Summer is most definitely upon us; the days are getting longer and lighter. It’s the time when children linger outside after dinner to play and run and laugh “just a few minutes more” and, despite your better judgment, you let them. It’s not an everyday occurrence, certainly, but some days just beg for it; the ones where the sky is a bit bluer, the clouds a bit whiter.
I have to admit, I love to let my daughter (currently a spirited six-year-old) bask in these extra evening moments, in spite of my normal “strict bedtime” mom-ness. You see, we didn’t have many of these occasions for her last year, as she was challenged with figuring out her pecking order amongst the neighborhood kids. Being an only child herself, she tended to desperately want to be the ‘best friend’ of everyone, and sometimes took it a little overboard, never really sure when she should let up on the intensity pedal just a bit. As a result, she wasn’t invited out to play very often, and it was heartbreaking to see her long to be included. Fortunately, this year is vastly different; she’s really found her niche, becoming one of the pack. In fact, one of the girls she struggled with the most is now, basically, her BFF, and it amuses me to no end to see the two of them pal around together.
What does not amuse me, however, are the times when I have to retrieve her to come home – for dinner, bedtime, to run an errand, whatever. Pulling a cat from a well might be more enjoyable, really. Even if I’ve given her a heads-up about how much time she has left, it never fails that she will “mysteriously” disappear shortly before she needs to return. Most of the time, I simply dread the 20-30 minutes I will inevitably spend just looking for her. Don’t get me wrong, I keep a pretty keen eye on her when she’s playing outside; but she has a knack of turning into a gold-medal sprinter as soon as she sees me coming for her, and she has about eight different escape routes already mapped out. I’m also convinced that she and her friends have developed some form of scatter-pattern devised solely to confuse the parental units on which child went where, simultaneously increasing our frustration level, and enhancing their enjoyment.
It’s usually around this time that I remember my own summer evenings of years past, and desperately wish I had learned The Whistle. Not “to” whistle, mind you, I mean THE Whistle. I’m referring, of course, to the legendary Mr. Harold Whistle (Mr. Harold being my father, for those unfamiliar). You see, when it comes to tools on the parental belt, my father had a whistle that was truly unparalleled. Ask any child growing up on or near Royal Street circa 1985, and they’ll know exactly what I’m talking about. Any given summer evening, just around dusk, you would hear his fairly high-pitched, two-noted, quick-tempo whistle – up, down up. It would echo through the neighborhoods, easily reaching a 6-8 block radius. Everyone’s head would pick up at the sound, and everyone knew what it signaled – the Harold Girls were supposed to go home. He would usually do it once, wait about 5-10 minutes and then do it a second time. If he had to whistle a third, there had better be a darn good reason why we weren’t home yet, or my sister and I were probably in big trouble, for there was really no excuse to ignore The Whistle. We knew what it meant – everyone in the neighborhood knew what it meant – so we certainly couldn’t feign ignorance. We’d even get status updates on the way home, practically block by block…”Hey, did you hear your Dad whistle?”, or “Your Dad’s looking for you, better hurry!”. Rarely was there an occasion that my parents had to come and search us out to bring us home, because The Whistle was so darn effective; either on its own, or indirectly because it caused everyone else to seek us out for them (clever bit of parental strategy, if you ask me).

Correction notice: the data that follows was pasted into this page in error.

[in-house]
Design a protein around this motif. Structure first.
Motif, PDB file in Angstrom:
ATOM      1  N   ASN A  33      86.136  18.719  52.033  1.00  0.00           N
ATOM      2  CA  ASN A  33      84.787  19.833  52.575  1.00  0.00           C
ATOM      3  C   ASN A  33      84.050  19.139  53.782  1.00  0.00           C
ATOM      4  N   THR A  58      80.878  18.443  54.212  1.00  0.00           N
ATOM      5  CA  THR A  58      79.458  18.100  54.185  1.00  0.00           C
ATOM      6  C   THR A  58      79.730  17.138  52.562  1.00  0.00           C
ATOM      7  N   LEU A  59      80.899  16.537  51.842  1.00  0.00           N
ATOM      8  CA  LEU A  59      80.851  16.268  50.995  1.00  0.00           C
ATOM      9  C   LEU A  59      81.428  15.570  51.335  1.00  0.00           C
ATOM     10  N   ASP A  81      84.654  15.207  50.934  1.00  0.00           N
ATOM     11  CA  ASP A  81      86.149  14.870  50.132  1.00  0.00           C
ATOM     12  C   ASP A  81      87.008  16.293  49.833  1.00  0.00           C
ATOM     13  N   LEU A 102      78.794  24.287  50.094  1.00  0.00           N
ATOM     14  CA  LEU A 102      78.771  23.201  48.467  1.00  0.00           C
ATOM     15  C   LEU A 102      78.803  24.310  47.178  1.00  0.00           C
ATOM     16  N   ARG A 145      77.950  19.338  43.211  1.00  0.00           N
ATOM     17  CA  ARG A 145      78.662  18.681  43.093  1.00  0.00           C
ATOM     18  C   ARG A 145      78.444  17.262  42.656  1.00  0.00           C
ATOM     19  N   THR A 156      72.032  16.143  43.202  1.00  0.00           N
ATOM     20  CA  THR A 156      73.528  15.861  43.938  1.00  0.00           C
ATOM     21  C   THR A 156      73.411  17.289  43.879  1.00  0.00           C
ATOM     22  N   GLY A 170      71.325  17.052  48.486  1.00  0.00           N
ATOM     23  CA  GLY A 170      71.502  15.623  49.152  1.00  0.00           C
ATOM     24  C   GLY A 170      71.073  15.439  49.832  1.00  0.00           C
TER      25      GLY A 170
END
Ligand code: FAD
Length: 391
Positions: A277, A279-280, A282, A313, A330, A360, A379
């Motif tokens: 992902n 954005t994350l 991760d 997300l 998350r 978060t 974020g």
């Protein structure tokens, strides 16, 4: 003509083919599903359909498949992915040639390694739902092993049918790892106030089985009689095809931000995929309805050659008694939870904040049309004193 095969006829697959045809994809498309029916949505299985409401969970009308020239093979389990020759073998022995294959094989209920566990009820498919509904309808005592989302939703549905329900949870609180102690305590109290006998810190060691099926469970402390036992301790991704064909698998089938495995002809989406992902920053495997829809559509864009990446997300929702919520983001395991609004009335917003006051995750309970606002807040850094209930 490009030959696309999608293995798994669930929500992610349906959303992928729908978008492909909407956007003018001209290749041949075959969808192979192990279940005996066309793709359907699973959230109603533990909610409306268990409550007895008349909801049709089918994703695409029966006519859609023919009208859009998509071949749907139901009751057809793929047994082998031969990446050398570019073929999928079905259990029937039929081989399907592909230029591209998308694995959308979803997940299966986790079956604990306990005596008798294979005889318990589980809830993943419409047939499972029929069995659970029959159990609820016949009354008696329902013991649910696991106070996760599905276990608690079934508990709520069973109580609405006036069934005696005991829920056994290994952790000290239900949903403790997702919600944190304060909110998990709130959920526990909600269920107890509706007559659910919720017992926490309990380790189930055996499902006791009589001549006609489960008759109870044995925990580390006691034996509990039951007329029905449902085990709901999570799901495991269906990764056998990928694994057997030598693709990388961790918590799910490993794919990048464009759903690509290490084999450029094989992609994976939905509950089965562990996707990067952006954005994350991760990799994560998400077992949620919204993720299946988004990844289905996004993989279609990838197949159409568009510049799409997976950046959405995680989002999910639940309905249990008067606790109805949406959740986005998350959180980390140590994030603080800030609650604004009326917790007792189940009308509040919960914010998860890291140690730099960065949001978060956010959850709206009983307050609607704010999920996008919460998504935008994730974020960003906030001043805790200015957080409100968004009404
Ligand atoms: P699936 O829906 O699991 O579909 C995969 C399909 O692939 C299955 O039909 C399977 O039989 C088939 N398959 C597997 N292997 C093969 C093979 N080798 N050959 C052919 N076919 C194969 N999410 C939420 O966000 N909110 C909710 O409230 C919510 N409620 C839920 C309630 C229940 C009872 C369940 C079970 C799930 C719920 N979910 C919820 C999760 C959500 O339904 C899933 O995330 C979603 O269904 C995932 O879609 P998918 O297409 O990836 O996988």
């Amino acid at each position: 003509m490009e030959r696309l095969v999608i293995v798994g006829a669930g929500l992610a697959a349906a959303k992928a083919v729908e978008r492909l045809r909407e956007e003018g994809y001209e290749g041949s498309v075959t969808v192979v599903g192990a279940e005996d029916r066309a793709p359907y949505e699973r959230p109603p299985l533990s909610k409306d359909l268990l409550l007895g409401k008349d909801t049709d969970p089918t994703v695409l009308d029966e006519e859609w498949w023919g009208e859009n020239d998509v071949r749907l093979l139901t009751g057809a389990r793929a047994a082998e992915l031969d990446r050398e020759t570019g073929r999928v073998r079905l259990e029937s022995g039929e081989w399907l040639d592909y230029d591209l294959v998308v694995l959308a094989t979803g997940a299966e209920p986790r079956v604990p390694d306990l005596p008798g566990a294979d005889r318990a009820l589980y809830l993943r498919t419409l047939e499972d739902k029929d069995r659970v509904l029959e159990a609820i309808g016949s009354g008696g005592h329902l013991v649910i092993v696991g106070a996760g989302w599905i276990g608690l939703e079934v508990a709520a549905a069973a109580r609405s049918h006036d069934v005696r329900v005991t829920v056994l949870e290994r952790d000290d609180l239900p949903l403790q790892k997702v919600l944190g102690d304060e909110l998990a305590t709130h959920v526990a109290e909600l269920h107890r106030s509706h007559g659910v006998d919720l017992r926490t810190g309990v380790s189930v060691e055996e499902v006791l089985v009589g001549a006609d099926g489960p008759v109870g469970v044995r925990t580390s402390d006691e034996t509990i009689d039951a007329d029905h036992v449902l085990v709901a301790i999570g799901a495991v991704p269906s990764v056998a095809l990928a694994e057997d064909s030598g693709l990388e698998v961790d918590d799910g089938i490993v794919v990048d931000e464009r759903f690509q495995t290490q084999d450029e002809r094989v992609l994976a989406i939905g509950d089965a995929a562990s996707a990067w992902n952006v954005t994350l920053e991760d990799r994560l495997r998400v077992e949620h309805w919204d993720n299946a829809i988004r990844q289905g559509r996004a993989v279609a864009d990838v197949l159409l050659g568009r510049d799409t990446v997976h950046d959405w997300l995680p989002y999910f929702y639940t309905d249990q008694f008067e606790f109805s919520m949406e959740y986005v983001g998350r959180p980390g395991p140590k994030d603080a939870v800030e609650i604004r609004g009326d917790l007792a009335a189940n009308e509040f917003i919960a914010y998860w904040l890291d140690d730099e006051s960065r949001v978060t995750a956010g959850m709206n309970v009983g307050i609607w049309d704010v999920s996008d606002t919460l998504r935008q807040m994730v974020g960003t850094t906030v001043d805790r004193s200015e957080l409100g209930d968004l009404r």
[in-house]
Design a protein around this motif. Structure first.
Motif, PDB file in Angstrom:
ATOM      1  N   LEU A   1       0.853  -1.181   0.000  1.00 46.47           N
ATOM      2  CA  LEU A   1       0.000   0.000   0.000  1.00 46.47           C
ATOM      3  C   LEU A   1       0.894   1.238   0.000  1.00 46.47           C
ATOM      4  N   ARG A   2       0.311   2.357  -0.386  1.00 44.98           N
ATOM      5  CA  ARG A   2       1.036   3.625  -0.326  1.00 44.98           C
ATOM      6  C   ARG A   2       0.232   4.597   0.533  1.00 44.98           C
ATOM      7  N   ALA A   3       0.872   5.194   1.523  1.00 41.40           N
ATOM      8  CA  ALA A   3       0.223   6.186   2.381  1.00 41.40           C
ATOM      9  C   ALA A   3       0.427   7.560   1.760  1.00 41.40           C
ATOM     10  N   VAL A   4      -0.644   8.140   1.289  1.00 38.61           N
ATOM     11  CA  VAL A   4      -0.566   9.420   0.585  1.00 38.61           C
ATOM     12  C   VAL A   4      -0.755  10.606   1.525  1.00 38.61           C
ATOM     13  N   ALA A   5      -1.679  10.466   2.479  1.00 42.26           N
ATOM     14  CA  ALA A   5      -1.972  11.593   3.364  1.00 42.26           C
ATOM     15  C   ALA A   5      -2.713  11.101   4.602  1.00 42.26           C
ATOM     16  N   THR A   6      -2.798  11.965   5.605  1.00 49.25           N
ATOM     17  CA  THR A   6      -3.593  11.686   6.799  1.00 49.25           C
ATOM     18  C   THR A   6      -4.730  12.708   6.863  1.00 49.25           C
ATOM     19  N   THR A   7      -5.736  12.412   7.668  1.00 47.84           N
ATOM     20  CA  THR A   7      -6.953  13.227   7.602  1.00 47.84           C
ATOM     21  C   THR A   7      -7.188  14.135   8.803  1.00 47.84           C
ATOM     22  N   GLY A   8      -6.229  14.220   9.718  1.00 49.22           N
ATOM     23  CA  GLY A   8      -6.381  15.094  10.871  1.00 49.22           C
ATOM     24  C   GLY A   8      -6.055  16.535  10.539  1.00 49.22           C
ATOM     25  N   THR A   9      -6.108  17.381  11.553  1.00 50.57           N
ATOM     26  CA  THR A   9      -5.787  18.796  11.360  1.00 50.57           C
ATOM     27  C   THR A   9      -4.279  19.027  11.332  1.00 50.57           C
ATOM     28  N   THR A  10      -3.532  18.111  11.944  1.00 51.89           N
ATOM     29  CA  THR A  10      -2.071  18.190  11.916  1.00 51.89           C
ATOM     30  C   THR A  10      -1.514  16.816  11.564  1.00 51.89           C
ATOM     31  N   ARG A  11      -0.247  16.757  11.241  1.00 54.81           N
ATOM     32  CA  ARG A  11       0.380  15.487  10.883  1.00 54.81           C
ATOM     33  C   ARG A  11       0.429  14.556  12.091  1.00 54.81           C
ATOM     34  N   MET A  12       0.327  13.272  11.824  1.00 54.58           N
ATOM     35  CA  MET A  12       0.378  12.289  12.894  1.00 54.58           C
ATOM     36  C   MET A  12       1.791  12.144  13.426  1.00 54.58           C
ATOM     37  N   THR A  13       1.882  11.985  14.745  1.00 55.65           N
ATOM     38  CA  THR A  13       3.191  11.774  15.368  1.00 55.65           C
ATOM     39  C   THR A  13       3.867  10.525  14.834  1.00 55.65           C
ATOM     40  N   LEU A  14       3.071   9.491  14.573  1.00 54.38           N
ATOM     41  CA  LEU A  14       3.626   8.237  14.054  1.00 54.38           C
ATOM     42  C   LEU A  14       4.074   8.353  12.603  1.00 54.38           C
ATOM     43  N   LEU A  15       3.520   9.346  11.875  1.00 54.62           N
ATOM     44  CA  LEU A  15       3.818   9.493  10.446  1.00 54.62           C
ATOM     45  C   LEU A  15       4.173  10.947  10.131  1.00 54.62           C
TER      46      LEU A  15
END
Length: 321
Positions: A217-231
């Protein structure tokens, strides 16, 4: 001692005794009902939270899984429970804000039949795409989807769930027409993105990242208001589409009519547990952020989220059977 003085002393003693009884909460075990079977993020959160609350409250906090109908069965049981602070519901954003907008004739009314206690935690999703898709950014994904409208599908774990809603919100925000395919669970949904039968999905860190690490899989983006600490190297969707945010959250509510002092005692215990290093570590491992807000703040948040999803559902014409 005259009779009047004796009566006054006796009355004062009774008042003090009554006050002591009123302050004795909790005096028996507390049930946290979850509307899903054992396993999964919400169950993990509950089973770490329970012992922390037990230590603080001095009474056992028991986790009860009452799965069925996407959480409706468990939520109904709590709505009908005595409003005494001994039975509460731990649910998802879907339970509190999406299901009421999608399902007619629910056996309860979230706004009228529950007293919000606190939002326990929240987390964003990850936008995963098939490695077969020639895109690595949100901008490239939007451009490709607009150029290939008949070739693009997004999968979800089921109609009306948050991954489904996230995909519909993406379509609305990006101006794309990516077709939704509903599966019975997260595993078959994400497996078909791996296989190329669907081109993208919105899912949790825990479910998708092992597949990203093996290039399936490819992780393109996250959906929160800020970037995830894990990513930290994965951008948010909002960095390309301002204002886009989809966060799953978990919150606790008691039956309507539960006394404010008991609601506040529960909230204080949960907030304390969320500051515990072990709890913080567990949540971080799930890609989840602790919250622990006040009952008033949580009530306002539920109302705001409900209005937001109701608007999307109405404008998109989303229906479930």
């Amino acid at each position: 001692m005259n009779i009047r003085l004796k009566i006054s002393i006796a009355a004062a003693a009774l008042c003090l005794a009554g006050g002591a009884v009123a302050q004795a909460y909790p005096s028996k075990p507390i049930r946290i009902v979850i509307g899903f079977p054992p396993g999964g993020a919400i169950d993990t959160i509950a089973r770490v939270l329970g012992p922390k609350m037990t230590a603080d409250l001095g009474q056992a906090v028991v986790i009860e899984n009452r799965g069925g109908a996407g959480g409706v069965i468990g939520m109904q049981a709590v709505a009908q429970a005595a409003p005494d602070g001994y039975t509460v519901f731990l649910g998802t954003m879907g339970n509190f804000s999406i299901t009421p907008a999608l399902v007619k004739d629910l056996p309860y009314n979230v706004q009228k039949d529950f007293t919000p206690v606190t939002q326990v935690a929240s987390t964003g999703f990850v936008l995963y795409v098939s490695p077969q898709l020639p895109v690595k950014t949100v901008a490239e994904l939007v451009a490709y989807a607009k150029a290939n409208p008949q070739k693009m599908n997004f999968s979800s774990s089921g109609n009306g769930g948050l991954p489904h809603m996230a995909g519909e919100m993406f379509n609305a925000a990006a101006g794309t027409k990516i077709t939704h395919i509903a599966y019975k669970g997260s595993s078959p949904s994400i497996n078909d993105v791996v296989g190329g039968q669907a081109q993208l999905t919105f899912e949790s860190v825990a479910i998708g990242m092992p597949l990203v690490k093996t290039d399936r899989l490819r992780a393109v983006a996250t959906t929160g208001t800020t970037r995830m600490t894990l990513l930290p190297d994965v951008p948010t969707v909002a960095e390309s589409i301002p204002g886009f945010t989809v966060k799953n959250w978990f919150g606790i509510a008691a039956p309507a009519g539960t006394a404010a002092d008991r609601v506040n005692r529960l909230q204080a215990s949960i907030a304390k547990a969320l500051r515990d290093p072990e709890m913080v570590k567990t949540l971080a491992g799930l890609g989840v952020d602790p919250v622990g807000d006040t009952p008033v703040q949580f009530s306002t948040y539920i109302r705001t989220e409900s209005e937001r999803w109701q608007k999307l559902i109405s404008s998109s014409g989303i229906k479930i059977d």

The Whistle did have additional uses, such as warnings of danger (i.e. riding bikes in the street near oncoming cars), stopping sibling arguments (teenage sisters can be rather loud when trying to kill each other), or rounding up scattered family in a grocery store (to the confusion of all the nearby patrons as to why some strange man was standing in the middle of a row whistling his head off). However, I highly advise against using The Whistle in small, confined spaces; the deafness/ringing that results lasts entirely too long to make any usefulness worthwhile.
To this day, I still don’t know how exactly my father does it. I’ve watched him at this craft for over 30 years and have yet to really figure out anything except that it’s only with his tongue and lips – he does not use his fingers. Unfortunately for me, the whistle gene seems to have skipped a generation; I can’t even whistle normally, let alone produce anything remotely resembling THE Whistle, so I’m plumb out of luck on this one. Which is really disappointing, because I can only imagine how useful it would be with my little summer-evening Houdini. I suppose the best I can hope for is that perhaps my daughter will pick it up and maybe, some 20 years from now, there will again be that familiar “up-down-up” echo in a distant neighborhood that causes all the children’s ears to perk. I can only imagine her Pops would be so darn proud…